CiSTEM Laboratory, Catholic Induced Pluripotent Stem Cell (iPSC) Research Center, College of Medicine, The Catholic University of Korea; Department of Biomedicine & Health Science, Seoul St. Mary's Hospital, College of Medicine, The Catholic University of Korea; Division of Rheumatology, Department of Internal Medicine, Seoul St. Mary's Hospital, College of Medicine, The Catholic University of Korea; [Email]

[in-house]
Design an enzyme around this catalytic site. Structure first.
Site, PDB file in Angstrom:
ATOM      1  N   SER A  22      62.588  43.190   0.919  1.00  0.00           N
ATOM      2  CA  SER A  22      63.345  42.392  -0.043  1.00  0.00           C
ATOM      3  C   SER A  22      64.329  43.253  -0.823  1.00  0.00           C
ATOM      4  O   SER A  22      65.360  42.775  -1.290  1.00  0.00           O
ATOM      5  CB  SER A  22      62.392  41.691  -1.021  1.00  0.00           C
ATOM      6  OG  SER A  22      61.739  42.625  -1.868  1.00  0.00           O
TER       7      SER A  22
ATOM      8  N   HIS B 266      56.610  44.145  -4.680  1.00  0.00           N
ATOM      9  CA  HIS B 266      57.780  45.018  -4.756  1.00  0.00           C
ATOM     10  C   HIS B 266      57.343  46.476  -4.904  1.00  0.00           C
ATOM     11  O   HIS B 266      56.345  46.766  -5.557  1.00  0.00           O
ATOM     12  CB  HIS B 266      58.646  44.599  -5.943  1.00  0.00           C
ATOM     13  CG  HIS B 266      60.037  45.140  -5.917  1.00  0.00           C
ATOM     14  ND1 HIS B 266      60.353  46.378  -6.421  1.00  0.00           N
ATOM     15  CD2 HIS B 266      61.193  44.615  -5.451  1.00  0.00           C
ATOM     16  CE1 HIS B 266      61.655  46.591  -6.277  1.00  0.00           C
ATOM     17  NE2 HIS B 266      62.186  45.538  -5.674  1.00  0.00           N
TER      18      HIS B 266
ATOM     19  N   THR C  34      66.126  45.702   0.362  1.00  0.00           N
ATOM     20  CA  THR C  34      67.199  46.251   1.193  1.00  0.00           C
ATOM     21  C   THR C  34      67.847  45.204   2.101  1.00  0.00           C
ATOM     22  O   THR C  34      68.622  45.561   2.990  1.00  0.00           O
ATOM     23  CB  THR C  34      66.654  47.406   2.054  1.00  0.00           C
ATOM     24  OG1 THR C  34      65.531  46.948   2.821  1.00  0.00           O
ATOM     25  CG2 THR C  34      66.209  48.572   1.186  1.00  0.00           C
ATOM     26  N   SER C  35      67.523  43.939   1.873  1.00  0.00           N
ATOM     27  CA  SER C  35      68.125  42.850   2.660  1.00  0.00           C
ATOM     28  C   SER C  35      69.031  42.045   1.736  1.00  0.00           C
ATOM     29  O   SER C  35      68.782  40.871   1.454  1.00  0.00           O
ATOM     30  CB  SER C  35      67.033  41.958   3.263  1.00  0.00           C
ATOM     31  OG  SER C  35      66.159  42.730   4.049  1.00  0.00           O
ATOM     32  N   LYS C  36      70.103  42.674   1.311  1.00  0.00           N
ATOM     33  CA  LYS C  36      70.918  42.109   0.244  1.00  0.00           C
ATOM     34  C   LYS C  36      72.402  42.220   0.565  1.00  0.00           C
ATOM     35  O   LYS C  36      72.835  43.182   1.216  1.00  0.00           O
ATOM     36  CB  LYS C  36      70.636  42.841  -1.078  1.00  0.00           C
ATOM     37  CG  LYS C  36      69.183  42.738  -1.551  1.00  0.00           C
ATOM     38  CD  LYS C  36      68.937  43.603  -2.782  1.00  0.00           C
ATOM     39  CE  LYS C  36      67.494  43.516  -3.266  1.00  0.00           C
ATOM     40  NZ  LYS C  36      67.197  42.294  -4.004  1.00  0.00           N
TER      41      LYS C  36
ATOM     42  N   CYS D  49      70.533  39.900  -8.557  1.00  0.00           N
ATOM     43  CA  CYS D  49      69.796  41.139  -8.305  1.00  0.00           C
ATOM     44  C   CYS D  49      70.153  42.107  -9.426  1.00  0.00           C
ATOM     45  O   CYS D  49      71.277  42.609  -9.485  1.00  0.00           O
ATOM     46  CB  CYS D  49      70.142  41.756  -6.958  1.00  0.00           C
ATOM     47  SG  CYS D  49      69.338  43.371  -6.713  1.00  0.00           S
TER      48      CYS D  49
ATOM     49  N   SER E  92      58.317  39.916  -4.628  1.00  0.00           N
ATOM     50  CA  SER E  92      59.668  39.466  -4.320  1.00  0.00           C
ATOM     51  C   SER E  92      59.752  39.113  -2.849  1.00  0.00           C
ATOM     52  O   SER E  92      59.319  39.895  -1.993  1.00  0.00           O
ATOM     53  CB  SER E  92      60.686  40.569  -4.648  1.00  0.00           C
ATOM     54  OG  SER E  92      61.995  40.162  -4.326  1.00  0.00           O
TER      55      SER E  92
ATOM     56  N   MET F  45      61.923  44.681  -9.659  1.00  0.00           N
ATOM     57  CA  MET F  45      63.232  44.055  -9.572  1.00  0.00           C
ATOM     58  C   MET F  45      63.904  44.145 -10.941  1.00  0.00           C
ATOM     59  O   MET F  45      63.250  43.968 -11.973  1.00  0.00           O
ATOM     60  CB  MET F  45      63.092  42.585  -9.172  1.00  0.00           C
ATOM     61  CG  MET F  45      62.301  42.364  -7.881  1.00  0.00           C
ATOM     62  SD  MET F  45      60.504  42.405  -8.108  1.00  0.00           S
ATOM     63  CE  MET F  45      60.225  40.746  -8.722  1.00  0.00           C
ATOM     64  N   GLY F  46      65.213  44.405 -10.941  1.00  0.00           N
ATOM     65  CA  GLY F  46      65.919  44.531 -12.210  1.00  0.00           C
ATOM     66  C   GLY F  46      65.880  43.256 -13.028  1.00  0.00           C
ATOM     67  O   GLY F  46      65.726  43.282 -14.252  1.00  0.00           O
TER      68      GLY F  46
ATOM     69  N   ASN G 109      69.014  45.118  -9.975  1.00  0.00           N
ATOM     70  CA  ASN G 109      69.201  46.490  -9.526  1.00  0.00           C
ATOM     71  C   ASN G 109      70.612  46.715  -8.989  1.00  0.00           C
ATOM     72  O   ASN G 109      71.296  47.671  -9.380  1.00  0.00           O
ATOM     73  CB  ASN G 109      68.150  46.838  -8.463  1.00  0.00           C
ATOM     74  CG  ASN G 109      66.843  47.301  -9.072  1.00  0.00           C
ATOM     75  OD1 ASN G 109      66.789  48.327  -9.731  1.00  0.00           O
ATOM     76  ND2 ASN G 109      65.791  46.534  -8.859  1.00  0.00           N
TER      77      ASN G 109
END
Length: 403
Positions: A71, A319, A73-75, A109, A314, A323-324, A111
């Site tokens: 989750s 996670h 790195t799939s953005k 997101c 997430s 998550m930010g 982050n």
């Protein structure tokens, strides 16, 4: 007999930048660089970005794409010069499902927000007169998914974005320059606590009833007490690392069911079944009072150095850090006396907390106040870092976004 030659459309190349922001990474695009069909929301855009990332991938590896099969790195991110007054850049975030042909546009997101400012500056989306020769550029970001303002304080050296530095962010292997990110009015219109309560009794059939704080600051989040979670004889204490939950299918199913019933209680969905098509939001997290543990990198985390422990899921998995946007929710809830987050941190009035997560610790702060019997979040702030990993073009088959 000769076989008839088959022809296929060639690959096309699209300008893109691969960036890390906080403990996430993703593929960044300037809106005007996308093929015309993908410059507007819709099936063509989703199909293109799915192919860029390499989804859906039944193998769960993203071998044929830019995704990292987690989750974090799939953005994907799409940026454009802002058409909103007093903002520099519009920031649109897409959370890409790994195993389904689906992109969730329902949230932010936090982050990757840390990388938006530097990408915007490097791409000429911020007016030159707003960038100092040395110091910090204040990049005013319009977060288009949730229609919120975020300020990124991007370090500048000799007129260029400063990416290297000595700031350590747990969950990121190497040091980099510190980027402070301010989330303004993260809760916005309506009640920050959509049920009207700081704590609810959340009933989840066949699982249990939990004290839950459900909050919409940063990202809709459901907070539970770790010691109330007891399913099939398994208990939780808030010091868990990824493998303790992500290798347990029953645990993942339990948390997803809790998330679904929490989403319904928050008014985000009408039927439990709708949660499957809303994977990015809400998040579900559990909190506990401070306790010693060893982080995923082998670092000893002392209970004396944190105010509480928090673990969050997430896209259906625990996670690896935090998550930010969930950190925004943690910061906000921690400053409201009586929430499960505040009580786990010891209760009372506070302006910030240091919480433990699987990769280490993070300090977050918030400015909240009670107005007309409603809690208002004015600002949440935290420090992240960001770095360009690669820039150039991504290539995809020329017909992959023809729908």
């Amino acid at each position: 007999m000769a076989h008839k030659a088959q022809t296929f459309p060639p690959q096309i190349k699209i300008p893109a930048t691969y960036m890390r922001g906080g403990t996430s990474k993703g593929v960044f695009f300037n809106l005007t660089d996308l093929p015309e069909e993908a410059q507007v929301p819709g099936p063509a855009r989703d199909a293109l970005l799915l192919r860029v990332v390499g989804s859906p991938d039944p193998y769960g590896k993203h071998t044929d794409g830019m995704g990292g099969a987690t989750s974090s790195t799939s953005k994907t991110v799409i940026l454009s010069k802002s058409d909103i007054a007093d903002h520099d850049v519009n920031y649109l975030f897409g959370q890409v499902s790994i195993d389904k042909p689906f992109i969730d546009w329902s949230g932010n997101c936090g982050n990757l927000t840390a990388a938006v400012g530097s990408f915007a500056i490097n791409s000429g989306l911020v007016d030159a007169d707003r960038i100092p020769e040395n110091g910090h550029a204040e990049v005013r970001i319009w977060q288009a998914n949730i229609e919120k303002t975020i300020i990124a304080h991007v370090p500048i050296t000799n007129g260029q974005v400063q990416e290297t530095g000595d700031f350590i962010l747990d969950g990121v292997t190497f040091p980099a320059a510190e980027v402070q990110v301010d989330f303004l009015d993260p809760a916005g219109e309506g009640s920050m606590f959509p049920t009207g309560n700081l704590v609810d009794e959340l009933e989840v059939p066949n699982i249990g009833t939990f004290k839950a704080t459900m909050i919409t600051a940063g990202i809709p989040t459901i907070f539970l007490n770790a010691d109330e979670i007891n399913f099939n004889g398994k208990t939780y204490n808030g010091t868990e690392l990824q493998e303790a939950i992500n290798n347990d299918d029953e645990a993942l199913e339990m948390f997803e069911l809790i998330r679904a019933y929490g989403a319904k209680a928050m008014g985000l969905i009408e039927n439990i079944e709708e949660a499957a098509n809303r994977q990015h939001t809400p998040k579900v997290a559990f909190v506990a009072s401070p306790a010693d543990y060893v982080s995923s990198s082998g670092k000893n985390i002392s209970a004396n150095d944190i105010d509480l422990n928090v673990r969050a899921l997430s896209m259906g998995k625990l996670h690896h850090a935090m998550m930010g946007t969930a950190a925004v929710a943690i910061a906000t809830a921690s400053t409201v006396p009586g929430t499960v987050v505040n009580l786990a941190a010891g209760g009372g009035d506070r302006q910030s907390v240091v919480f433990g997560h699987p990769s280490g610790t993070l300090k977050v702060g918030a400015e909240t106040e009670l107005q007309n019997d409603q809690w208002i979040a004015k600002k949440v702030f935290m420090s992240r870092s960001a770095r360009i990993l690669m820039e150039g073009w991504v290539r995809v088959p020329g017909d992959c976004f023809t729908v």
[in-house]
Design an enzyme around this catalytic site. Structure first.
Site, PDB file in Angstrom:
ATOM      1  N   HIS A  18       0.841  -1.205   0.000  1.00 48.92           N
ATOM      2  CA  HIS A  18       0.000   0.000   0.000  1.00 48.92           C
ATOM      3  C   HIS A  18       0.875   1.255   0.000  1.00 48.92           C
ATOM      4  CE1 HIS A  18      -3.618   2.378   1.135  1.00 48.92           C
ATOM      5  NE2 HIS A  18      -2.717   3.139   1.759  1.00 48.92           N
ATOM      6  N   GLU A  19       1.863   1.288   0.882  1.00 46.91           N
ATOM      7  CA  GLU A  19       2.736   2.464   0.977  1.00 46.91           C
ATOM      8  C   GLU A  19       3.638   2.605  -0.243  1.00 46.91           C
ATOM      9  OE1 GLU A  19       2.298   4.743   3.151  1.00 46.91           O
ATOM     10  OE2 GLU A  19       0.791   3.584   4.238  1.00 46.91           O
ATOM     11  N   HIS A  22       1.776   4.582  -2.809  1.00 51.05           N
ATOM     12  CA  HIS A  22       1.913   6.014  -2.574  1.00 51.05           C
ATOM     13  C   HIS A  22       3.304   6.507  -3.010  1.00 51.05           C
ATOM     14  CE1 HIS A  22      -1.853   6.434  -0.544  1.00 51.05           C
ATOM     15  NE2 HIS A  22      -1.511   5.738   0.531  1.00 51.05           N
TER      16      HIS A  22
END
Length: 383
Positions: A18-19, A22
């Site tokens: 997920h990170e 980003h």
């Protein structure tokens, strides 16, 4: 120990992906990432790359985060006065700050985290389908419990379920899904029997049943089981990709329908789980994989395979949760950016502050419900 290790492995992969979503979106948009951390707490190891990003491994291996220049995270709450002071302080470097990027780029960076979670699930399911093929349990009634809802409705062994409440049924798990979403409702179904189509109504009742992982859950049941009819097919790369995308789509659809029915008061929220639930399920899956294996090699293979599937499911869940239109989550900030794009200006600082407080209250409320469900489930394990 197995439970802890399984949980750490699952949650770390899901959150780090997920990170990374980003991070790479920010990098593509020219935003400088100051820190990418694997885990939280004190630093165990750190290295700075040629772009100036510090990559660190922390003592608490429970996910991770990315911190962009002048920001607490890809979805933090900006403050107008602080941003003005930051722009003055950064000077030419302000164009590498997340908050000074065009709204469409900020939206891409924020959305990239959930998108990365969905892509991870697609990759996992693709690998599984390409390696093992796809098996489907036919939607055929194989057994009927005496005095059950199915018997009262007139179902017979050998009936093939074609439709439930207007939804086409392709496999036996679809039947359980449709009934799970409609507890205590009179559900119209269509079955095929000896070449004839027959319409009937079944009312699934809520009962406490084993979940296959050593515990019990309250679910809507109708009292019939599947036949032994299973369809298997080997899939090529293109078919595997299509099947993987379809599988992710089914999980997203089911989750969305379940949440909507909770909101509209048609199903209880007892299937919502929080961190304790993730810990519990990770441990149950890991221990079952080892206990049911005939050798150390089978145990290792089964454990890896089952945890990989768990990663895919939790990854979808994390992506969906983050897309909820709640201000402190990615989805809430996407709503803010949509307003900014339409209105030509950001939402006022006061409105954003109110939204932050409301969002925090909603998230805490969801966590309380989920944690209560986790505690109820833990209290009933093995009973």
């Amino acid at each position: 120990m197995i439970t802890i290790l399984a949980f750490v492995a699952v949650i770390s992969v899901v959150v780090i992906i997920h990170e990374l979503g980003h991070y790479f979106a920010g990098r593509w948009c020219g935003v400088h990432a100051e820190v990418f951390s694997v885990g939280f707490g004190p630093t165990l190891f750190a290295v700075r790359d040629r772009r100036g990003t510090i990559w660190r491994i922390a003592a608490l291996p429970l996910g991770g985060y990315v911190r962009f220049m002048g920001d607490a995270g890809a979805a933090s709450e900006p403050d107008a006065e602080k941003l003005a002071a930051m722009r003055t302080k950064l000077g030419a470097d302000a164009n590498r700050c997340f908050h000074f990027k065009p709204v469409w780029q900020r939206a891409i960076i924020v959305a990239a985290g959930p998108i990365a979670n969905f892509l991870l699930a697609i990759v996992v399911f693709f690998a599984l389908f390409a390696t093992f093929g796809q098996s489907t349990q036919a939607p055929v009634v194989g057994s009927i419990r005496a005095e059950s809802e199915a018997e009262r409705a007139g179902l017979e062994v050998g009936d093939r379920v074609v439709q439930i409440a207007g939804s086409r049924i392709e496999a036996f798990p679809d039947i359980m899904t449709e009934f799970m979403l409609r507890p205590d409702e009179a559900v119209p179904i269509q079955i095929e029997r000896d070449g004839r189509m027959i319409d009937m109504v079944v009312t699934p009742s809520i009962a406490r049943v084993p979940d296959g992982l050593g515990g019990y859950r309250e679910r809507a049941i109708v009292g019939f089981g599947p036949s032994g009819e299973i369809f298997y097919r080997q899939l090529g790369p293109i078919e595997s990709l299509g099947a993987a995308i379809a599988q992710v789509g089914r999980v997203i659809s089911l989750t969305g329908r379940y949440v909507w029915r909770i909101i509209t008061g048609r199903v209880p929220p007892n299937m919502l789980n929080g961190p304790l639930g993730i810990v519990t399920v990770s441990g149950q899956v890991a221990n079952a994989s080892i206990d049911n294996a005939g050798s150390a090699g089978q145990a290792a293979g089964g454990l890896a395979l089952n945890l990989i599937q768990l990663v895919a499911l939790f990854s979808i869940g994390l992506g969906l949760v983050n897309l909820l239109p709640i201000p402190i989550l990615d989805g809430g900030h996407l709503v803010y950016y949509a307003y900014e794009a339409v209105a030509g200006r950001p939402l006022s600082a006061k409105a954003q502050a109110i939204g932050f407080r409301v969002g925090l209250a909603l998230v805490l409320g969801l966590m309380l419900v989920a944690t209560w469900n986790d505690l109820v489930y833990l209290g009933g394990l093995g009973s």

The skin is the body's largest organ and has many functions. The skin acts as a physical barrier and protector of the body and regulates bodily functions. Biomimetics is the imitation of the models, systems, and elements of nature for the purpose of solving complex human problems1. Skin biomimetics is a useful tool for in vitro disease research and in vivo regenerative medicine. Human induced pluripotent stem cells (iPSCs) have the characteristic of unlimited proliferation and the ability of differentiation to three germ layers. Human iPSCs are generated from various primary cells, such as blood cells, keratinocytes, fibroblasts, and more. Among them, cord blood mononuclear cells (CBMCs) have emerged as an alternative cell source from the perspective of allogeneic regenerative medicine. CBMCs are useful in regenerative medicine because human leukocyte antigen (HLA) typing is essential to the cell banking system. We provide a method for the differentiation of CBMC-iPSCs into keratinocytes and fibroblasts and for generation of a 3D skin organoid. CBMC-iPSC-derived keratinocytes and fibroblasts have characteristics similar to a primary cell line. The 3D skin organoids are generated by overlaying an epidermal layer onto a dermal layer. By transplanting this 3D skin organoid, a humanized mice model is generated. This study shows that a 3D human iPSC-derived skin organoid may be a novel, alternative tool for dermatologic research in vitro and in vivo.